Donald Trump’s fascist strategy

Donald Trump extended his fascist attacks on four freshmen Democratic congresswomen yesterday, tweeting that Rashida Tlaib, Alexandria Ocasio-Cortez, Ilhan Omar and Ayanna Pressley are “horrible anti-Israel, anti-USA, pro-terrorist.” Denouncing the “Radical Left” and calling the congresswomen “communists,” Trump added, “If you hate our Country, or if you are not happy here, you can leave!”

On Sunday, Trump initiated the provocation by tweeting that the four congresswomen—all of whom are US citizens—should “go back” to the “crime infested places from which they came.” Equating social opposition in general and socialism in particular with support for “terrorism,” he tweeted, “We will never be a Socialist or Communist Country.”

In an editorial board statement yesterday, the New York Times called Trump’s statements a “gambit to distract from his policy fiascoes, his court losses, his political failures.” At a press conference Monday afternoon, the four targeted congresswomen made similar remarks, referring to Trump’s rant as a “distraction.”

This was contradicted by the fact that photographers captured images of written “talking points” Trump used during a Monday press conference. “It’s actually DANGEROUS—because it seems like they hate America,” the prepared notes read. “They want America to be SOCIALIST.”

Extrapolating from these notes, Trump referred to the “love they have for Al Qaeda” and claimed that the congresswomen “hate Jews.” When asked by a reporter whether it concerned him that “white nationalists” are ecstatic over his tweets, Trump replied, “It doesn’t concern me because many people agree with me.”

Trump is proceeding according to a deliberate political strategy worked out with the White House’s fascist brain trust, including Stephen Miller, the architect of Trump’s crackdown on immigrants. He is attacking the four congresswomen with a high level of consistency, repeating political themes common to fascist and far-right political movements.

He equates opposition to his administration and criticism of his personal rule with support for terrorism, paving the way for the criminalization of free speech and critical thought. Trump states that his opponents are “dangerous” and “hate” the nation, suggesting that “complaining” about the policies of the government is treasonous. He presents socialism and communism as foreign ideologies directed against the American people.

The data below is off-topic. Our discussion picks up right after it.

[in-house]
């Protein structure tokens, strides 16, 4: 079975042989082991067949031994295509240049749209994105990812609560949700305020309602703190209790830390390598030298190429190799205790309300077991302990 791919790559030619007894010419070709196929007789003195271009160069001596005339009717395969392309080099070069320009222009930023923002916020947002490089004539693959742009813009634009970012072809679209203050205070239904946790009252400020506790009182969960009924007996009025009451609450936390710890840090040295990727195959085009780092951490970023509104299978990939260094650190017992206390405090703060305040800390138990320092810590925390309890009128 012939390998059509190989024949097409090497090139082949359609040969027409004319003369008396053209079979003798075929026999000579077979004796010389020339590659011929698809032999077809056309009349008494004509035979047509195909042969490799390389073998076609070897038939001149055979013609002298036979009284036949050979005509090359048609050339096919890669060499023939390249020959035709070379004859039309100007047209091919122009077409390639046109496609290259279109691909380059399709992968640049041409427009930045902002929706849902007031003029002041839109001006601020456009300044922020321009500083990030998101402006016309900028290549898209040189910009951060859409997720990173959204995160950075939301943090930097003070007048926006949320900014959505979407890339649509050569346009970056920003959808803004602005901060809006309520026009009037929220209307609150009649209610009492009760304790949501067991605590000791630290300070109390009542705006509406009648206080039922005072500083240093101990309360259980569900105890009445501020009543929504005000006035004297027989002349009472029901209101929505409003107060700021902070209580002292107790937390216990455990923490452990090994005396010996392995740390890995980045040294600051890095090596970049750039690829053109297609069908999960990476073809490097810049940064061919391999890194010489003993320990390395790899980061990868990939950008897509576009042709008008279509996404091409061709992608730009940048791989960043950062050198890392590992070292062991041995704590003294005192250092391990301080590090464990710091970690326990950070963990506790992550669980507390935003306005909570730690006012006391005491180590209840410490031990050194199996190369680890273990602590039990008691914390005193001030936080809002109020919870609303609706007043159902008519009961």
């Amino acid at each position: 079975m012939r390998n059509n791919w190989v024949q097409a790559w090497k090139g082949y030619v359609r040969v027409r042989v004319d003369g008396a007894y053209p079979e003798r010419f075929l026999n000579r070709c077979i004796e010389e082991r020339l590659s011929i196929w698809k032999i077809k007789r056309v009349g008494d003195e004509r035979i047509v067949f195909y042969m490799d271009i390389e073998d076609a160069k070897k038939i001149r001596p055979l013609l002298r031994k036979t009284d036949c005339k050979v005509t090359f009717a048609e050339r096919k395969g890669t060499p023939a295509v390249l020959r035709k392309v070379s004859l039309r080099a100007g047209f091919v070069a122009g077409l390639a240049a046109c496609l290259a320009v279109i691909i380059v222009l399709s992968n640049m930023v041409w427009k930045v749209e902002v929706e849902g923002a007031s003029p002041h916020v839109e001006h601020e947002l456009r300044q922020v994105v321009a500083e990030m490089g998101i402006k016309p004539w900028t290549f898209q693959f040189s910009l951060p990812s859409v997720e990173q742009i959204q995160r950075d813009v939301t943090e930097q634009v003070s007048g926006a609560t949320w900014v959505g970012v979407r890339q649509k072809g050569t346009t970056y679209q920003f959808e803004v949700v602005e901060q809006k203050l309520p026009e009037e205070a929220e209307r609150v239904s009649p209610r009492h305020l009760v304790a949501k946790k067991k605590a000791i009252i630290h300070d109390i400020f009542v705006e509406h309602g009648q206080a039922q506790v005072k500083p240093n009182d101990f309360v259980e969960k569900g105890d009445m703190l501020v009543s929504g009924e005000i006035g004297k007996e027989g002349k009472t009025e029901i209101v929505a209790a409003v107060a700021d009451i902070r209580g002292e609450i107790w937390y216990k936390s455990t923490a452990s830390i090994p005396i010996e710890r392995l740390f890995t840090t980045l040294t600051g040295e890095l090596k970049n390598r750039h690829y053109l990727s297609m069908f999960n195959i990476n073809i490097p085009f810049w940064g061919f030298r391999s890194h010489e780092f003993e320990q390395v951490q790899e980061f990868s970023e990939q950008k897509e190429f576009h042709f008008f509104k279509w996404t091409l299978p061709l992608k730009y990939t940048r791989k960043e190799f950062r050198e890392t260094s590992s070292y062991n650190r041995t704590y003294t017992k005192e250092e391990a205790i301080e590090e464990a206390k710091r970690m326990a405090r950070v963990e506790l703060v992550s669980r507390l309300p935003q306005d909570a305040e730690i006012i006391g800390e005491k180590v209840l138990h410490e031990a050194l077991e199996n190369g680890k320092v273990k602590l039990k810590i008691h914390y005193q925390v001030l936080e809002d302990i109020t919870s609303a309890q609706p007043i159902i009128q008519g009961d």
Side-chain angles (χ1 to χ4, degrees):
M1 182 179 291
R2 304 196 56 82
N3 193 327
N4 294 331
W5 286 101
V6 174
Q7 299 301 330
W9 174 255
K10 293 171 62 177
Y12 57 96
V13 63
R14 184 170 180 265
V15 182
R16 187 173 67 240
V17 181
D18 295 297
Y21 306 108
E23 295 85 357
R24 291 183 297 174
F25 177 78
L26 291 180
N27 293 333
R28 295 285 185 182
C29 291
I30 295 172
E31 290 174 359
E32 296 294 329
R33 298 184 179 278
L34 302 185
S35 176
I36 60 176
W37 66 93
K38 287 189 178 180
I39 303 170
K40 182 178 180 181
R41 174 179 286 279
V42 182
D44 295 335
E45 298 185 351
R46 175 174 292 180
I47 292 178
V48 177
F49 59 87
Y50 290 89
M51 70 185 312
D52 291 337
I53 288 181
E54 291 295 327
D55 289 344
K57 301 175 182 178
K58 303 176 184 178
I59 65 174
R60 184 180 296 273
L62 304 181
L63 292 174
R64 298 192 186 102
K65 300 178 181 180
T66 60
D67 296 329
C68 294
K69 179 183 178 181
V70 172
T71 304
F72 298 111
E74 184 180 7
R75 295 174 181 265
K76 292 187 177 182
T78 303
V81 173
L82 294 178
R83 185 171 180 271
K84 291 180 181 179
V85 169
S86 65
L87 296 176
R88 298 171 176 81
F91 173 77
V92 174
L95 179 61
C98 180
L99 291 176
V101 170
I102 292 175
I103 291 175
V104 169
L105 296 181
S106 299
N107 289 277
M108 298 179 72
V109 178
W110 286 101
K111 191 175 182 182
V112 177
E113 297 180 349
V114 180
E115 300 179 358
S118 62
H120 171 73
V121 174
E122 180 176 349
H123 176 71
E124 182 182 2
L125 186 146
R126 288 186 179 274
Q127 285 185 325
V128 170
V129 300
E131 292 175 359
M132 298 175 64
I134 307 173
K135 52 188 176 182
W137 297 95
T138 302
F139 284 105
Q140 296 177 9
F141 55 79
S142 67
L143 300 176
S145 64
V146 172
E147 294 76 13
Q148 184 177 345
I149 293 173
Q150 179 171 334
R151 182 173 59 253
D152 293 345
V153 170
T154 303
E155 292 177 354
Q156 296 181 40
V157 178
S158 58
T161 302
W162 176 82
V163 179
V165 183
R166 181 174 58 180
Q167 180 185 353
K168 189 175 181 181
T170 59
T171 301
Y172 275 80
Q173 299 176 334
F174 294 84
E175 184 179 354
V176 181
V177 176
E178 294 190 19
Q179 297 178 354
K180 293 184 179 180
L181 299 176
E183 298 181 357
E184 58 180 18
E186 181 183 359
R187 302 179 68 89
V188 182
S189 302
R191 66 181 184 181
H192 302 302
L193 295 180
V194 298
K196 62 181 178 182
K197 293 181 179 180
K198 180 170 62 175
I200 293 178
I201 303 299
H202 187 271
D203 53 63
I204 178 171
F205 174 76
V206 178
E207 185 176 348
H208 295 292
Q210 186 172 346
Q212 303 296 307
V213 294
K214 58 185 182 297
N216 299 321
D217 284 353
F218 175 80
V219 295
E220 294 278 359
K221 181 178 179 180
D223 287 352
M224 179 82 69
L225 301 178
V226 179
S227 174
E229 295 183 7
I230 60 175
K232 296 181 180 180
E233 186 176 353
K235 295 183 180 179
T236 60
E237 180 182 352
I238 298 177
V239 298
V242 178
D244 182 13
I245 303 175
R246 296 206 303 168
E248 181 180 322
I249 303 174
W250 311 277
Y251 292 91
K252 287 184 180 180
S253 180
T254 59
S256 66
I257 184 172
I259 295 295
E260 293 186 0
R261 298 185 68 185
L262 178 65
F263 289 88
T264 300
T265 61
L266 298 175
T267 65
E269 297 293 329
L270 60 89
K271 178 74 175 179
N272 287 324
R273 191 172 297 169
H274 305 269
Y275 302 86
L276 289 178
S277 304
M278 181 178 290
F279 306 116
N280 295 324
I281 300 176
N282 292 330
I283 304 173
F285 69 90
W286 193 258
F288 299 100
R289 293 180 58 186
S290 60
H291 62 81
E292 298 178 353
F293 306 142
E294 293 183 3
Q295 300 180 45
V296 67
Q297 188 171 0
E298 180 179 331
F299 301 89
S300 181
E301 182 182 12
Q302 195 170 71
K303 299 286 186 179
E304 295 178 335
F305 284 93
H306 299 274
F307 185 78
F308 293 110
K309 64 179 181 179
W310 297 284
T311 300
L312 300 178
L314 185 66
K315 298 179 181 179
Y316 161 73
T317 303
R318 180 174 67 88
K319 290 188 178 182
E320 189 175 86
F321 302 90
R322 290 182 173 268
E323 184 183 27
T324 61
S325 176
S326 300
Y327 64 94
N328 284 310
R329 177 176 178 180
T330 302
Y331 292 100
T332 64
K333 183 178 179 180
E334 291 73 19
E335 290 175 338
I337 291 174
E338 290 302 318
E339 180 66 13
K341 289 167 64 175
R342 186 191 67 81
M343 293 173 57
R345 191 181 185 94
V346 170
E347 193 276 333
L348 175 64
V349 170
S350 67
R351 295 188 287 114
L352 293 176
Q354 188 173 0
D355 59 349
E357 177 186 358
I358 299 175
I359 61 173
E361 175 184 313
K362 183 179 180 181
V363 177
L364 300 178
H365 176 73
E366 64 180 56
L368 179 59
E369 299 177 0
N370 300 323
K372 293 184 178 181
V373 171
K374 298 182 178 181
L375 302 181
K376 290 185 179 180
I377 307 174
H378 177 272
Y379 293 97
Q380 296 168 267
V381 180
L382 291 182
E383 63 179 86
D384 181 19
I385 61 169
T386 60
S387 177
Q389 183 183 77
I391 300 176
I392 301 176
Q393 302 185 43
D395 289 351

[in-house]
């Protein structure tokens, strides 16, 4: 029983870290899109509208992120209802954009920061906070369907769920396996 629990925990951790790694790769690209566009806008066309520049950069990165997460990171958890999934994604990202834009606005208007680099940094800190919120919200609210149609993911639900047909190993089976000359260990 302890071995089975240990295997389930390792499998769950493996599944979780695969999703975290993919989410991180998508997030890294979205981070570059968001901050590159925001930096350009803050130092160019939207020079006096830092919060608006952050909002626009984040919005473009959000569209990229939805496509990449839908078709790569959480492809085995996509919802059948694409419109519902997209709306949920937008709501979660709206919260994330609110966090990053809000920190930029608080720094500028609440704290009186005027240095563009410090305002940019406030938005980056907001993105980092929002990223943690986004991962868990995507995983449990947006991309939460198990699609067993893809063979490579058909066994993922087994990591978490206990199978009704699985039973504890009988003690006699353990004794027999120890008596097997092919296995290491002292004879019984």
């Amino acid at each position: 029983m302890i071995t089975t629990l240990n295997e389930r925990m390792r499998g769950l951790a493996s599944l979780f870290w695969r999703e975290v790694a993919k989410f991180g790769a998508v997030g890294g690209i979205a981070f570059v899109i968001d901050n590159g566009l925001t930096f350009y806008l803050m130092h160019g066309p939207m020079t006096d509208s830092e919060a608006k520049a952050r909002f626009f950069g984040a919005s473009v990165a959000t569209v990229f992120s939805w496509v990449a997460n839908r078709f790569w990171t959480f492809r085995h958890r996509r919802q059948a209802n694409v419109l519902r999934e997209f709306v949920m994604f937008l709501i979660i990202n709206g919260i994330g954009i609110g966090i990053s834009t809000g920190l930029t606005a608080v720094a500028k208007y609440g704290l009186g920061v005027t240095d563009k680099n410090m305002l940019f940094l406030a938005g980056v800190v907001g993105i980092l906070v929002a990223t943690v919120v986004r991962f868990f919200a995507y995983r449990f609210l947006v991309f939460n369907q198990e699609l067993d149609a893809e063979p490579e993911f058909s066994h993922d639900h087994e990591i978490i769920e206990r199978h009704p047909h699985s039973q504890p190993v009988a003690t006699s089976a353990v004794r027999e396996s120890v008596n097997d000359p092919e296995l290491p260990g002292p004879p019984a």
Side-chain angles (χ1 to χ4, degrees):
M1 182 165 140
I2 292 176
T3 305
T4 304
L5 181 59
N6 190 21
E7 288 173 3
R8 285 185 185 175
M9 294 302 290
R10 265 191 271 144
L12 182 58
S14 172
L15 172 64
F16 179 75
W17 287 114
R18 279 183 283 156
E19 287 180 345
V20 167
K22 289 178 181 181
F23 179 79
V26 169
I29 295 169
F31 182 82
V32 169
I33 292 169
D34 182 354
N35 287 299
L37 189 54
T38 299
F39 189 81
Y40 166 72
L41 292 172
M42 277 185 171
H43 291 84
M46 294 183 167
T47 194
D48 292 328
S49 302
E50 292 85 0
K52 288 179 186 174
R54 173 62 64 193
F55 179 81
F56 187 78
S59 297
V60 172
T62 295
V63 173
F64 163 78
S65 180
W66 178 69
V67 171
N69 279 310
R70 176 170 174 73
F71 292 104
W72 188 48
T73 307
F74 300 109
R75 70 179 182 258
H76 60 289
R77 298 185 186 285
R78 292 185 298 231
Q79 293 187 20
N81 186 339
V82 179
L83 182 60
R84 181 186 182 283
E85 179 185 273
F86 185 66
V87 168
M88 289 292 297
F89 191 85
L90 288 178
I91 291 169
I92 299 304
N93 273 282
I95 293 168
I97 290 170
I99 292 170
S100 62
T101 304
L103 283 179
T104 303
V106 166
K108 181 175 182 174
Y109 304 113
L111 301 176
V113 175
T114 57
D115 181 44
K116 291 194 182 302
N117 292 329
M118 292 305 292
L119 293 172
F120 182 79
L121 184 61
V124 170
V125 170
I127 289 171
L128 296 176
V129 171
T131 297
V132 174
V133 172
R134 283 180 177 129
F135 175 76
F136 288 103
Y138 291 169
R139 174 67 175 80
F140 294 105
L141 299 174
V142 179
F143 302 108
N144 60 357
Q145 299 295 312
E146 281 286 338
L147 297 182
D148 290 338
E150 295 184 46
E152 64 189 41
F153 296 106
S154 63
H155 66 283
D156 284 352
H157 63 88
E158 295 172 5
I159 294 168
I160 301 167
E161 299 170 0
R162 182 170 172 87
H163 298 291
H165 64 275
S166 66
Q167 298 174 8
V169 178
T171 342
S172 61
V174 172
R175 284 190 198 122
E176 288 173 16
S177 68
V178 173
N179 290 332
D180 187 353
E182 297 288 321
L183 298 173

These are ideas developed by Nazi theorists such as the jurist Carl Schmitt, who authored the conception of a “state of exception” to justify Nazi totalitarian rule. Lurking behind Trump’s assertion that those who are “not happy” and “want America to be socialist” should “leave” the US is the suggestion that if they fail to do so voluntarily, the government will be justified in rounding them up by force.

The calculated, strategic character of Trump’s statements is underscored by the context in which they are being made. Yesterday, Trump denounced the “far left” for asserting that the administration is detaining immigrants—including children—in unsanitary concentration camps. “They’re not concentration camps, they’re really well run,” he said.

Millions of immigrants—significant portions of the working class in 10 targeted cities—are living in fear of impending raids announced by Trump earlier this month. Last week, he threatened to violate a Supreme Court decision barring him from including a question on citizenship status on the 2020 census. On Monday, the administration imposed a new federal regulation effectively barring Central Americans from seeking asylum in the US—a clear violation of international law.

These actions follow his deployment of thousands of active-duty troops to the US-Mexican border and his declaration of a state of emergency to override Congress and allocate Pentagon funds to build his border wall.

With each of these measures, Trump has used anti-immigrant xenophobia as the tip of the spear to violate basic constitutional norms and establish rule by decree.